Even if you can't stand music, you probably know and love the theme to your favorite TV show. Maybe it's something historical or maybe it's something new. Maybe it goes all jazzy or maybe it gets a bit atonal and the end. In today's post, Scott's picked five strong contenders for the best televison themes, in no particular order. Will they match your list? Let's find out together!
Mike Post & Pete Carpenter - Theme From "The Rockford Files"
Back in the 70s, electronic music wasn't as popular as today. Adding a MiniMoog to a traditional harmonica, orchestra and guitar gave this detective show a sound that was absolutely sci-fi. Even kids who didn't want to watch James Garner solving grown-up crimes still watched the opening credits just to hear that neat computer sound. Could this TV show theme be the missing link between classic rock and new wave synth pop? If so, The Theme From "The Rockford Files" might just be the most important theme… of all time.
Well, that idea might be a little hard to prove, but never fear, he's offered four more contenders inside. Don't forget to add your personal choice or choices in the comments after! C'mon, you know you're already humming one in your head right now. See you after the jump…
Morton Stevens - Theme From Hawaii Five-O
From those big boomin' drums right into rockin' surf brass (or twangy guitar if you prefer The Ventures) this TV theme is still getting regular attention from college pep bands, almost forty years after it first premiered. It's maybe the most catchy thing ever created by man, and not even learning what the lyrics are can ruin this powerhouse slam to the ears. Sorry, 1966 Batman. On wax you'll always be second to Jack Lord.
Angelo Badalamenti - Twin Peaks Theme
Haunting even after twenty years, Badalamenti captured both the eerie beauty of the Pacific Northwest and the calm facade of the TV town of Twin Peaks. Of course, there are much stranger things lying underneath that beauty, and once you've seen the whole series, this theme isn't quite the same. Sort of like Laura Palmer herself.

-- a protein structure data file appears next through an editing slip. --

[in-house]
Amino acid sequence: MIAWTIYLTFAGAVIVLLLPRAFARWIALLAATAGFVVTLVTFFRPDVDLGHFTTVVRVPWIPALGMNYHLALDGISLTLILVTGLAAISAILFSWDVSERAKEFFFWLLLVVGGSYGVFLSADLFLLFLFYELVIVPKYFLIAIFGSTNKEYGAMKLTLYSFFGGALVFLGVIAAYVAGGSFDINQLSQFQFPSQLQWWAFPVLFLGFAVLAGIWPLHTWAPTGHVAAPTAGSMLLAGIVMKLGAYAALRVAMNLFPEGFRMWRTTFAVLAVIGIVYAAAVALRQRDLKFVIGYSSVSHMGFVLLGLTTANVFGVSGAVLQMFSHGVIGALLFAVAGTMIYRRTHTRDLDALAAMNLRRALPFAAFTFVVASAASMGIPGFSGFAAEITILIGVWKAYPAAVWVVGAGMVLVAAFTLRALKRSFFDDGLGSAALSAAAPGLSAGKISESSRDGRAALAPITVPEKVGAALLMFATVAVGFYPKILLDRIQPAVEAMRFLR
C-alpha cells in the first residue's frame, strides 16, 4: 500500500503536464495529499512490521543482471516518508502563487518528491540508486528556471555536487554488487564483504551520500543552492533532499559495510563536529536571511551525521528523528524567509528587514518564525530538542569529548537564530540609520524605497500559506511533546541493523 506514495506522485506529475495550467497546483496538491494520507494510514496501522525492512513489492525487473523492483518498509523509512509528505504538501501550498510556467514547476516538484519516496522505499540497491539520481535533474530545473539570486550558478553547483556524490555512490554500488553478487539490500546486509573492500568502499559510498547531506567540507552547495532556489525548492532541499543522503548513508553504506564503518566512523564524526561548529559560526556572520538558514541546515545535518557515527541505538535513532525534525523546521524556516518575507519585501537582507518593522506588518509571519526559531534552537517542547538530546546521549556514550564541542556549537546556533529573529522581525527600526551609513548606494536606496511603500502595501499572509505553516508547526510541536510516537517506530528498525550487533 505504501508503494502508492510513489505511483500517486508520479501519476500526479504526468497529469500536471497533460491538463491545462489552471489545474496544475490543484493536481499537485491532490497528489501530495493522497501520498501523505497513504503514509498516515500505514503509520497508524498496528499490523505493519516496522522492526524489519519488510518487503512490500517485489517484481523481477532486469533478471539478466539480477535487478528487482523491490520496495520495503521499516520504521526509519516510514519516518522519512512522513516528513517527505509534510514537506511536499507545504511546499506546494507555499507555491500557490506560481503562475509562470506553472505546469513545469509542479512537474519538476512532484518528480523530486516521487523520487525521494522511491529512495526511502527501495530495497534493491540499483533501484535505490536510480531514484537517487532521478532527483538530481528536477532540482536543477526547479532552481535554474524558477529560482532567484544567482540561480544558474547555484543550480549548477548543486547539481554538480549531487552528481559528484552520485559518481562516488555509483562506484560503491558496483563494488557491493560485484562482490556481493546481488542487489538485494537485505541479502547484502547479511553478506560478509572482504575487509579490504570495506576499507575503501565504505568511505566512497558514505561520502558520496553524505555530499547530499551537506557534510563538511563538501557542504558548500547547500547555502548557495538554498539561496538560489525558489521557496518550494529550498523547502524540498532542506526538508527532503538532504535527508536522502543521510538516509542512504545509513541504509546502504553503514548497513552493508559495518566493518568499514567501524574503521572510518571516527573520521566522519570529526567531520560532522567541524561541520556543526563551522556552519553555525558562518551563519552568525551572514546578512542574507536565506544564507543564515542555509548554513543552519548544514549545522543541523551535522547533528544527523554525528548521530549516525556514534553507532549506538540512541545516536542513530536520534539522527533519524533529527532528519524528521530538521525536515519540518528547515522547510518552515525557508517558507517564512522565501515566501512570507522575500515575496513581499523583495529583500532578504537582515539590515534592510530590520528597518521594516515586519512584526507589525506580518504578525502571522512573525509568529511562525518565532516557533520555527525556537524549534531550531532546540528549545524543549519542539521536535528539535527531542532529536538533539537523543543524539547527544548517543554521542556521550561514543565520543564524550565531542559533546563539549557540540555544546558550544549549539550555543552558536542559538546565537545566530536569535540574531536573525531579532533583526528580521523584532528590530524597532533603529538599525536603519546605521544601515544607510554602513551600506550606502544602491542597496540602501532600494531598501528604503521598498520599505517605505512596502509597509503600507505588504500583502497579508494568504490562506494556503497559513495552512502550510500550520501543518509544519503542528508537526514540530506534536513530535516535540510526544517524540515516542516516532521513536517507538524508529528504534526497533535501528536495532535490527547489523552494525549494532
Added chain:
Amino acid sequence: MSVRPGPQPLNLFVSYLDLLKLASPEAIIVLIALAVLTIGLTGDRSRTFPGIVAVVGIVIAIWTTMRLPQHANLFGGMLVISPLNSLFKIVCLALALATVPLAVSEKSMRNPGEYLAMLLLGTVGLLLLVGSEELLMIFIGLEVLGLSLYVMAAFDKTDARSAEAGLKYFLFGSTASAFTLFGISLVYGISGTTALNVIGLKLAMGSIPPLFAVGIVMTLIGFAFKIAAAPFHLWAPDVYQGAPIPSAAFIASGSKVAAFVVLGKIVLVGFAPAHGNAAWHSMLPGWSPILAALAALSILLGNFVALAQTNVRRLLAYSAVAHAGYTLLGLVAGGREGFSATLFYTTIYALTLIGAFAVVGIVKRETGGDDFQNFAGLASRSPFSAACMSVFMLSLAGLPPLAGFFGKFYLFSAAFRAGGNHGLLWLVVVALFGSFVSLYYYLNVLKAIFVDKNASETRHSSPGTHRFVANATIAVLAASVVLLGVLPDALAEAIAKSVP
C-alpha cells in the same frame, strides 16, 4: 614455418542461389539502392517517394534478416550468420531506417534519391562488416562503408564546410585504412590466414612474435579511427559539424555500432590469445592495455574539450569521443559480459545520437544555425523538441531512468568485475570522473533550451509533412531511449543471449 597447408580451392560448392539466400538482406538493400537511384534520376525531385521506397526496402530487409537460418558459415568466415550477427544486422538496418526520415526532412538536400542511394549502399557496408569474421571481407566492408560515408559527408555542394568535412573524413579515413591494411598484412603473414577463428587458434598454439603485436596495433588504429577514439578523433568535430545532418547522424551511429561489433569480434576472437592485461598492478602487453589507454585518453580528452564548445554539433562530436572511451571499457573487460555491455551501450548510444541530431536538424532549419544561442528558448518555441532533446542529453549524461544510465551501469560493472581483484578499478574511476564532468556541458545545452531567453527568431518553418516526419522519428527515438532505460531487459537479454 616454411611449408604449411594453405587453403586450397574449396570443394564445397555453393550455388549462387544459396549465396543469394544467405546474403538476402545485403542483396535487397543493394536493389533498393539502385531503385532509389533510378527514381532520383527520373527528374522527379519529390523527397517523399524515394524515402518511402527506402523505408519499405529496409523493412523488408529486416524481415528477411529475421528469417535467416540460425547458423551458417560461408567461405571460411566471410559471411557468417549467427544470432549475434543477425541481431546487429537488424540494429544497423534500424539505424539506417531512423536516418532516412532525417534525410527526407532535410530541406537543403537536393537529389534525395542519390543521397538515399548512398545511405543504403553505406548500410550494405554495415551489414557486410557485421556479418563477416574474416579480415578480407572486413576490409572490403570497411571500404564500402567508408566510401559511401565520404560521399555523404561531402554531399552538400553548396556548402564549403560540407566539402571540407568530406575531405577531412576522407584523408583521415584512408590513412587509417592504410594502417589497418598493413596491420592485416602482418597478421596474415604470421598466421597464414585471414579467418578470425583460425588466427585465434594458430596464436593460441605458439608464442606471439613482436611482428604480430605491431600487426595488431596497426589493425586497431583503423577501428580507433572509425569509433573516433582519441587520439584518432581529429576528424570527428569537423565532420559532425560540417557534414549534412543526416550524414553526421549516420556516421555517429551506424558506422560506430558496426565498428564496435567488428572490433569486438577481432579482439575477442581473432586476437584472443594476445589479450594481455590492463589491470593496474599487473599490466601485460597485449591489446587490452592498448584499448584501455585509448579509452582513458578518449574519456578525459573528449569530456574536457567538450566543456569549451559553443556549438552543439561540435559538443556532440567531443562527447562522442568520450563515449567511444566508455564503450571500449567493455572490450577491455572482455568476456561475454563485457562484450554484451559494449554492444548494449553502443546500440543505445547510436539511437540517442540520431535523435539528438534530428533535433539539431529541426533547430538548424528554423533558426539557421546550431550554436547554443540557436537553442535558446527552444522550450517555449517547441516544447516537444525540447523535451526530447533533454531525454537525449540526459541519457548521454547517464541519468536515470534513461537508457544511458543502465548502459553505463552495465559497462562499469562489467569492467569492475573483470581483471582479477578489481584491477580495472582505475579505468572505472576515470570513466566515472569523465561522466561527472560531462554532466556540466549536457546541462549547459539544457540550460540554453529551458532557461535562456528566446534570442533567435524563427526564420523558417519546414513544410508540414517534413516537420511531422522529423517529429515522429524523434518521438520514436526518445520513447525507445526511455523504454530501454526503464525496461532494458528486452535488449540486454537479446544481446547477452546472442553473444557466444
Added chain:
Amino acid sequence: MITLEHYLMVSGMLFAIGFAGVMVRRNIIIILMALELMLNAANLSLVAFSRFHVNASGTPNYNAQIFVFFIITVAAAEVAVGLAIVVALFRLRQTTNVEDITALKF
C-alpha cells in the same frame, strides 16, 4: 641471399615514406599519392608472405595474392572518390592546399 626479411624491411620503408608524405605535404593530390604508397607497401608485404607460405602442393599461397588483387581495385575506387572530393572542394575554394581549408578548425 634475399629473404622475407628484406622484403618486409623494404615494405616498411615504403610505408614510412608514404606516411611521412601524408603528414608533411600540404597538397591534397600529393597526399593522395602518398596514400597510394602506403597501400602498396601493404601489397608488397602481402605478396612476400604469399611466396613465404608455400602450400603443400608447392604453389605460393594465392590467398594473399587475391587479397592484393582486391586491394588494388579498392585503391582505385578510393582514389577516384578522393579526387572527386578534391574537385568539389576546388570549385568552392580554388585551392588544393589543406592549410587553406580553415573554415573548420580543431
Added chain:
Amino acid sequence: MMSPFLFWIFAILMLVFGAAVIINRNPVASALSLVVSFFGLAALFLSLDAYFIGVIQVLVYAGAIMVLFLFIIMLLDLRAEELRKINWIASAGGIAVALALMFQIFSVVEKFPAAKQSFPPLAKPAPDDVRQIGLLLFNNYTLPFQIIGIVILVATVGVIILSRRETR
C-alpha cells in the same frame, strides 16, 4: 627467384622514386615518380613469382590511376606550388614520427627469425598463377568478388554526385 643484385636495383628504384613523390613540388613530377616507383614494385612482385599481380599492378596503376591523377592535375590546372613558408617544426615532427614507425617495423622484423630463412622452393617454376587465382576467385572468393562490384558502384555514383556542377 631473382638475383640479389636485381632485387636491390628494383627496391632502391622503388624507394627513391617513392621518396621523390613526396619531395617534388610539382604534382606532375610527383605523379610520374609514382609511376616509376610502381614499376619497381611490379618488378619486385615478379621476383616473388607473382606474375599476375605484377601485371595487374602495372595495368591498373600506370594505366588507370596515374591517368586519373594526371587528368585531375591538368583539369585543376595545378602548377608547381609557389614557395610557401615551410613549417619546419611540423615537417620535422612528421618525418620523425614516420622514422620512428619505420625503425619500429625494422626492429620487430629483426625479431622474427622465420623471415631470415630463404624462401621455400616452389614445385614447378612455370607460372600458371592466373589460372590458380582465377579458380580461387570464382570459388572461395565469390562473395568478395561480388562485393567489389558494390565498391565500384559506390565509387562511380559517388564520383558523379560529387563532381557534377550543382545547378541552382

The Banana Splits Theme
It's really a logical progression when you think about it. The Beatles proved there was a market, and The Monkees proved actors could be hard to control. Finally the powers that be just threw some people in animal suits and ran out to cash the checks. Kids knew nobody involved with this mess cared, so The Banana Splits was the TV show kids only watched while waiting for something better. But that theme, it grabbed you like a spoonful of Count Chocula. Who cared if it promised more than the writers could deliver? It's also worth noting that Bob Marley may have borrowed it for one of his own songs… or maybe it's just a lucky coincidence. Who can say for sure?
Also of note is that it's hard to tell who actually wrote this thing. Even the usually meticulous Wikipedia names Mark Barkan and Ritchie Adams in one place while crediting Nelson Brock Winkless, Jr. in another. And this video you're watching up there isn't the original U.S. intro, which I couldn't even find online. Has there ever been another TV theme song with a trail this complex and confusing?
Mark Snow - The X-Files
At any other time in history, The X-Files might have been written off as crazy and died after just one season. But showing up right when it did, just after Oliver Stone's JFK and nestled between the first Boomer president and the scary end of the 20th Century… well, let's just call it all the golden age of hating "the man." Mark Snow's icy cold theme was the perfect call to arms for all those willing to believe they could piece together the truth that a sinister force was trying to hide. Without Chris Carter, would we even have a LOST? And without this theme, would The X-Files have felt as scary?
Okay, let's call those five a good start. Now we're passing it back to you. Maybe you love the elegance of "Happy Days" or enjoy the theme from "Maude". We're not going to judge you. After all, there's been a bunch of great TV themes over the years. Share your choices in the comments below and let us know what Scott missed. Then feel free to join us in our Turntable FM room so Music Monday can last all day!